Trump Victory Exposes Weakness in Liberal Political Infrastructure

As the dust settles with the terrible news of the election of Donald J. Trump to the presidency, there will be no shortage of analysis of just how the reality show king pulled it off, what with his lean campaign staff and ostensible lack of ground game. Most will likely be wrong.

It was not Trump’s mastery of the media alone that won him the big prize, nor did he lack ground game. Trump’s triumph is as much the product of a political infrastructure built by right-wing operatives over the course of the last 40 years as it is the candidate’s prowess at manipulating the press. Liberals and the left have no comparable political infrastructure, and left-wing donors have shown little interest in building one. And so we have President-elect Trump, the ultimate backlash candidate to the barrier-breaking presidency of Barack Obama, whose ascendance to the White House was a feat built on Obama’s own knowledge of political organizing. Yet the work done to organize the Obama candidacy was never leveraged as it could have been to build a sustained, long-term movement. The same could be said of umpteen liberal candidacies and campaigns focused on legislation that came before and after.

Trump has never been one to pay for something he needed when he could either convince someone else into ponying up on his behalf, or simply bully them into doing so. In his pursuit of the presidency, he didn’t need to build the vaunted “ground game”—the mechanism for turning out the vote in one’s favor—because a comprehensive get-out-the-vote (GOTV) machine was already in place, built by leaders of the religious right (whose denizens apparently turned out en masse for Trump), and Charles and David Koch, the billionaire industrialists.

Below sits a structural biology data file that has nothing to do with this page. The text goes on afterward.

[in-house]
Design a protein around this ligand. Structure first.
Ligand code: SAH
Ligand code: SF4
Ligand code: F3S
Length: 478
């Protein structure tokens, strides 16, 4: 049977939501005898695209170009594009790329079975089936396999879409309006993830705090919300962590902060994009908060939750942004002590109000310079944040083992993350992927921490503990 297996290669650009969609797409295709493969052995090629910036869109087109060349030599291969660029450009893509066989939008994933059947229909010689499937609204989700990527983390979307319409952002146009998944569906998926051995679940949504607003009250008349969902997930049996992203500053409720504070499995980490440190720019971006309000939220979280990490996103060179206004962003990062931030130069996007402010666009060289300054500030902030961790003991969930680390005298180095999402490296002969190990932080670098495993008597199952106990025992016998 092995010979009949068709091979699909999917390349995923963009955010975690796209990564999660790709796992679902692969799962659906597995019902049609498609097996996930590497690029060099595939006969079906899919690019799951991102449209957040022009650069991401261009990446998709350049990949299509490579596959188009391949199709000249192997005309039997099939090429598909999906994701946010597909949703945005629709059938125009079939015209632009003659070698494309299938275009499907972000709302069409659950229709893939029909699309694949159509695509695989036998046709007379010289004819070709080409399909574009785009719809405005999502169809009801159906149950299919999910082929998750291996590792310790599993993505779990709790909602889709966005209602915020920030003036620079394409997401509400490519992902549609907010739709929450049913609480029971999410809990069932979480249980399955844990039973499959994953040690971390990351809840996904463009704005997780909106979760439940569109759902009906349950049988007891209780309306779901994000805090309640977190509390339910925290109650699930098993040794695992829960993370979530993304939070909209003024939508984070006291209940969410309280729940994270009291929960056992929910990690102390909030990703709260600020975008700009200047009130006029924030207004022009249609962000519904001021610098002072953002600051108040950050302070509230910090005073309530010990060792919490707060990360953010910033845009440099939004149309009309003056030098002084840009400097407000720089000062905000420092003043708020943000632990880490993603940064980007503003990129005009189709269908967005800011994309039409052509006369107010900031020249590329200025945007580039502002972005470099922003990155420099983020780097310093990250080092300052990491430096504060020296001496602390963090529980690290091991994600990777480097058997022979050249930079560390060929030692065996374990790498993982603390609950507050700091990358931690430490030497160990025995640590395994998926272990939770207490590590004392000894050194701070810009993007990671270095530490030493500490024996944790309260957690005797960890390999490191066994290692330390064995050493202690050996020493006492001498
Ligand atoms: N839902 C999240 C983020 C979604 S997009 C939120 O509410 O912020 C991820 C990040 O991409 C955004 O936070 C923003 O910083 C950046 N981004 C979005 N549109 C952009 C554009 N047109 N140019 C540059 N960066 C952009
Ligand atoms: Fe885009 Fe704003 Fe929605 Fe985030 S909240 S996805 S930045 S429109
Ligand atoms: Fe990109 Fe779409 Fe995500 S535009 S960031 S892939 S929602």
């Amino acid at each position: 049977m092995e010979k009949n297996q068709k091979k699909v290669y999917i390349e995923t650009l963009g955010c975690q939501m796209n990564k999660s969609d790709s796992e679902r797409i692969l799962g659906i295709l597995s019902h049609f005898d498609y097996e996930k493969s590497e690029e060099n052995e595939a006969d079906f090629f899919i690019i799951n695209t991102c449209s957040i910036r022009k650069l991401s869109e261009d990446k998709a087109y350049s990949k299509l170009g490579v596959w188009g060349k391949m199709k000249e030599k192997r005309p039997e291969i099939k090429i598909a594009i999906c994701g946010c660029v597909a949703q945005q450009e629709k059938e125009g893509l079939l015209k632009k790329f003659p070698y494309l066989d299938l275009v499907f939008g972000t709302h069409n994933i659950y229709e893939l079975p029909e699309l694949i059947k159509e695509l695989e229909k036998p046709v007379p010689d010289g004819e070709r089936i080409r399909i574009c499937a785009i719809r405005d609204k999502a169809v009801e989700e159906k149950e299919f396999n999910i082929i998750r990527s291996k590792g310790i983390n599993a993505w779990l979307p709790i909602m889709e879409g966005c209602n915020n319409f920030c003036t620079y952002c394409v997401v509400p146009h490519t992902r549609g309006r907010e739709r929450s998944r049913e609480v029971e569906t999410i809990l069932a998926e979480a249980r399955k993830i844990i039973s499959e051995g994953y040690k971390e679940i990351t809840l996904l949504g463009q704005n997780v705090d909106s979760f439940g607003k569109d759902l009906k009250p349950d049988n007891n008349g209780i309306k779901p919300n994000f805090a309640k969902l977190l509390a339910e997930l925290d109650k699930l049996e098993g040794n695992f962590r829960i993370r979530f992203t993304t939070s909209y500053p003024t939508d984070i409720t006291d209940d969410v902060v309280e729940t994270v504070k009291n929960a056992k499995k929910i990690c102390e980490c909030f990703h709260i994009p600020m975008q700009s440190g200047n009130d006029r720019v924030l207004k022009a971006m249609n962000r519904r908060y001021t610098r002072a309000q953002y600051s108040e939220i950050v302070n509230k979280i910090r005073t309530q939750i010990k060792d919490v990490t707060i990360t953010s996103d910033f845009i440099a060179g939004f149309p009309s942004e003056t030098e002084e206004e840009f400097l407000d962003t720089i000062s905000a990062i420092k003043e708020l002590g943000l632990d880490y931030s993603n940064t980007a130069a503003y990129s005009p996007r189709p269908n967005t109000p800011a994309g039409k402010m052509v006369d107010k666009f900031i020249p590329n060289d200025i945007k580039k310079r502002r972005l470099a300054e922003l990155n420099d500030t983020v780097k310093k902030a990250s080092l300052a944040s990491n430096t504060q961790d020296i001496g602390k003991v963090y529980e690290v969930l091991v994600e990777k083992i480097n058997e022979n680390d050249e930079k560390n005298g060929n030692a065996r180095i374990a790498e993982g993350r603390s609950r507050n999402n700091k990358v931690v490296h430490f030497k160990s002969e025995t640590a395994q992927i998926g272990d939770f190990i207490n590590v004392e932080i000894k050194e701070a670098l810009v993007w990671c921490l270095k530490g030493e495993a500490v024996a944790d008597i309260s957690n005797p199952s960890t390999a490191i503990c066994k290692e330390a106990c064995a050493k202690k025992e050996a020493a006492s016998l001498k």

The Kochs’ Americans for Prosperity, taken together with the religious-right organizing of Faith and Freedom Coalition founder Ralph Reed, represent a pretty impressive ground game.

As I wrote here in August, for all of their purported disgust with Trump and unwillingness to support his candidacy, the Koch brothers would have the machine built by their donor network working overtime to bring Trump voters to the polls. Ditto for the network of conservative church-goers mobilized by the religious right. Taken together, the Koch GOTV machine and the religious-right operation offer all the ground game a candidate could need, especially when mobilized in opposition to a woman candidate for president, with its players stoked, as well, by racial and religious bigotry. It’s a machine that’s been 50 years in the making, and it’s not just engaged at election time. The machine runs every day of the year, conducting events and outreach around the latest outrage said to be perpetrated by liberals—say, regulations on business designed to save the planet, or false accusations by right-wing operatives about the conduct of Planned Parenthood. Then those events and outreach are leveraged as organizing tools for the next election.

Those who fund the liberal establishment have shown little interest in such sustained movement-building, leaving liberal candidates to rely on the shrinking resources of labor unions and the often-meager budgets of other liberal and progressive organizations, many unconnected to each other, to mobilize the vote.

The campaign for a single candidacy can be mighty and overfunded and highly staffed, but it’s no substitute for the infrastructure of a sustainably built movement with interlocking parts.

Now the unthinkable has happened: A presidential candidate whose campaign was fueled by outright misogyny, racism, nativism, anti-Semitism, and homophobia has succeeded. He won not in spite of, but because of, his expression of those resentments and hatreds.

Protests are important for calling the nation’s attention to the disapproval of the masses. But protest alone won’t turn the tide. That will take a movement—one with some well-forged apparatus. Time to start building.

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